Did you know that when you're logging into the Wi-Fi at Starbucks, you could have code installed on your laptop that is used to mine for bitcoin.
This is what recently happened to one man who stumbled across the code after joining the store's Wi-Fi.
The complaint was addressed by Starbucks, with the company saying the issue has since been resolved.
Despite the initial concerns, a Starbucks spokesman said the problem was with the internet service provider and not with the franchise itself.
"Last week, we were alerted to the issue and we reached out to our internet service provider — the Wi-Fi is not run by Starbucks, it's not something we own or control," the spokesman told Motherboard.
"We want to ensure that our customers are able to search the internet over Wi-Fi securely, so we will always work closely with our service provider when something like this comes up.
"We don't have any concern that this is widespread across any of our stores."
The act of Bitcoin mining is becoming more common, with hackers hijacking computer processors to search for cryptocurrency not being traded on the open market.
Websites such as Showtime, the official UFC streaming website and the official merchandise website for Suburu have recently been victim to these attacks.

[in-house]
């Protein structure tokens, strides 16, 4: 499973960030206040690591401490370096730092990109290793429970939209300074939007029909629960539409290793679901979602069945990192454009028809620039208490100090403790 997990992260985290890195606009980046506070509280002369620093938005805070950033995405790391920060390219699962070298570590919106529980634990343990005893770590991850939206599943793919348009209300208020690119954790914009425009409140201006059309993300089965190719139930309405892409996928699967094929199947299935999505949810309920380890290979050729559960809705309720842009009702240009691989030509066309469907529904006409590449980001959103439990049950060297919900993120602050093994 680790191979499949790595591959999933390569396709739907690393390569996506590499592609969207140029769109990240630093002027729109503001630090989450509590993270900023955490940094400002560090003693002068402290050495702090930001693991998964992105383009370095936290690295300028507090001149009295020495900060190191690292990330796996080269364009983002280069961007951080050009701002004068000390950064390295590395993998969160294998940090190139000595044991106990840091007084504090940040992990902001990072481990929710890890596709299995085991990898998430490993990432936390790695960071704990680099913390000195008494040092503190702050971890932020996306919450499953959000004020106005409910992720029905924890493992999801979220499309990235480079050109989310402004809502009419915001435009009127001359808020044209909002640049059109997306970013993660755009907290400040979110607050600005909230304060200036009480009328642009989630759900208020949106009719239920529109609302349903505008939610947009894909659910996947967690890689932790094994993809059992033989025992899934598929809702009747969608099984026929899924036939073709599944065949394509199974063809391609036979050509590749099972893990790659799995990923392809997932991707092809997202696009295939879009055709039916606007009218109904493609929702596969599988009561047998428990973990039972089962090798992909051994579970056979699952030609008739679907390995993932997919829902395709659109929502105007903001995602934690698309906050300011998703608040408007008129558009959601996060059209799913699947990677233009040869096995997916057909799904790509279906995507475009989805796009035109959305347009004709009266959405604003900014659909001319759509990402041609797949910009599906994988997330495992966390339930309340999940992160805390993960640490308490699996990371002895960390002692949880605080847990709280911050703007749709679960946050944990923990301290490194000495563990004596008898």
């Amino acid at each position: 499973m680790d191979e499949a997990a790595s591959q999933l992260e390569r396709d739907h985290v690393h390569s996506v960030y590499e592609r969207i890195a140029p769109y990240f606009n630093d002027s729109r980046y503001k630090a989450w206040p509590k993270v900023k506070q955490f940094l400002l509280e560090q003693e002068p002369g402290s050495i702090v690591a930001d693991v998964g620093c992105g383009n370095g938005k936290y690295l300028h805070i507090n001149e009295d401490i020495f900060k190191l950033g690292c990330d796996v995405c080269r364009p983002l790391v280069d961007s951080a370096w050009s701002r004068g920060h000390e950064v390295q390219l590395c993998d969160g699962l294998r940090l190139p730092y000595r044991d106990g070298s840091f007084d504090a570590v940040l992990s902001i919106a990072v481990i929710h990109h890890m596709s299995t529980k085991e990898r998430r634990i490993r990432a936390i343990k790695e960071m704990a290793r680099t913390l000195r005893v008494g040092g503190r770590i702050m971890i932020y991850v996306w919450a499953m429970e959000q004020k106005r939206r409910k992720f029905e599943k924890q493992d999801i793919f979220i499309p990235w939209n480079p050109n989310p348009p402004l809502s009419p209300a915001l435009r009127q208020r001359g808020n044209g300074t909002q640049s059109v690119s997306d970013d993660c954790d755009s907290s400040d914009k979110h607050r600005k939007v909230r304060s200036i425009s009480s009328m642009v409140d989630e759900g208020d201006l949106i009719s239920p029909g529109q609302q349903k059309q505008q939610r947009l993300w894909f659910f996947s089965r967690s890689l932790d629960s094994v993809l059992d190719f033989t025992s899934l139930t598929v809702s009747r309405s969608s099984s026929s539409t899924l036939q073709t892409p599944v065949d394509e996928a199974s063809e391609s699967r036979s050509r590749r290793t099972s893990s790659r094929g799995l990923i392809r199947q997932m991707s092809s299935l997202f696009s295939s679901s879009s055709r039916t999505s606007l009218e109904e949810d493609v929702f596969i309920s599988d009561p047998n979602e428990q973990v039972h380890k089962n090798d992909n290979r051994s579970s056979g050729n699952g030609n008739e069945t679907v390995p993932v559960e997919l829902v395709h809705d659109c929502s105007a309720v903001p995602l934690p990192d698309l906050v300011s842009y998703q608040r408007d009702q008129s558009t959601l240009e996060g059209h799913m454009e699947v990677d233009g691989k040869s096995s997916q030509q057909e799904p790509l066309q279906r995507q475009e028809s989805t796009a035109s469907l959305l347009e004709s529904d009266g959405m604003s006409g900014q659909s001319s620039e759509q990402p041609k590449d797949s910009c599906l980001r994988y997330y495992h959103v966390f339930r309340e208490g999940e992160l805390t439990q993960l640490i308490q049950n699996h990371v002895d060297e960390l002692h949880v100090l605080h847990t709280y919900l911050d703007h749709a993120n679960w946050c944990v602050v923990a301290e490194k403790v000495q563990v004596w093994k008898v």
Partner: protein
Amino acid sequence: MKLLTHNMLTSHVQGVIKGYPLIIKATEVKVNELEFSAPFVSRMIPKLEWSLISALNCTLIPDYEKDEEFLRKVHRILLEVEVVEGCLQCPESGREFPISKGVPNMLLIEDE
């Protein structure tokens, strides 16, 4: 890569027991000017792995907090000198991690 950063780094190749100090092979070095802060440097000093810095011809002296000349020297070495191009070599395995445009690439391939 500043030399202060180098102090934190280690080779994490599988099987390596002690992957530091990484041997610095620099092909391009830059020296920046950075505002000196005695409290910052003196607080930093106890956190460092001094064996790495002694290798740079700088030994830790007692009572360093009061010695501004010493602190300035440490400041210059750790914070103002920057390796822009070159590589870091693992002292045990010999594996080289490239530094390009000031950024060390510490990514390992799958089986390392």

Additionly, websites are also putting the code in themselves as an extra way to earn money — The Pirate Bay is one such example.
As the CEO of a company that uses blockchain technology to transfer money, Michael Dunworth said even if you don't have Bitcoin, hackers will use the power of your processor for an algorithm used to find digital currencies anywhere in the world.
"If you wanted to mine Bitcoin, you'd need a massive warehouse full of computers to have much success, so this is a much easier way for hackers to get access to cryptocurrency," he told news.com.au.
CTO of Symantec Pacific Region Nick Savvides said the best way to avoid hackers hijacking your computer's processor to mine for coins was to ensure your security software up to date.
"These tools will often block the code from running, the sites that run it and the sites that distribute it," he said.
"If you notice your computer getting very slow when browsing a site, it may be a sign that they are using a browser miner.
"Clear your browser cache and scan your computer for threats."
To avoid using extremely expensive servers, hackers are putting a script on popular websites, which infect the computers of those visiting.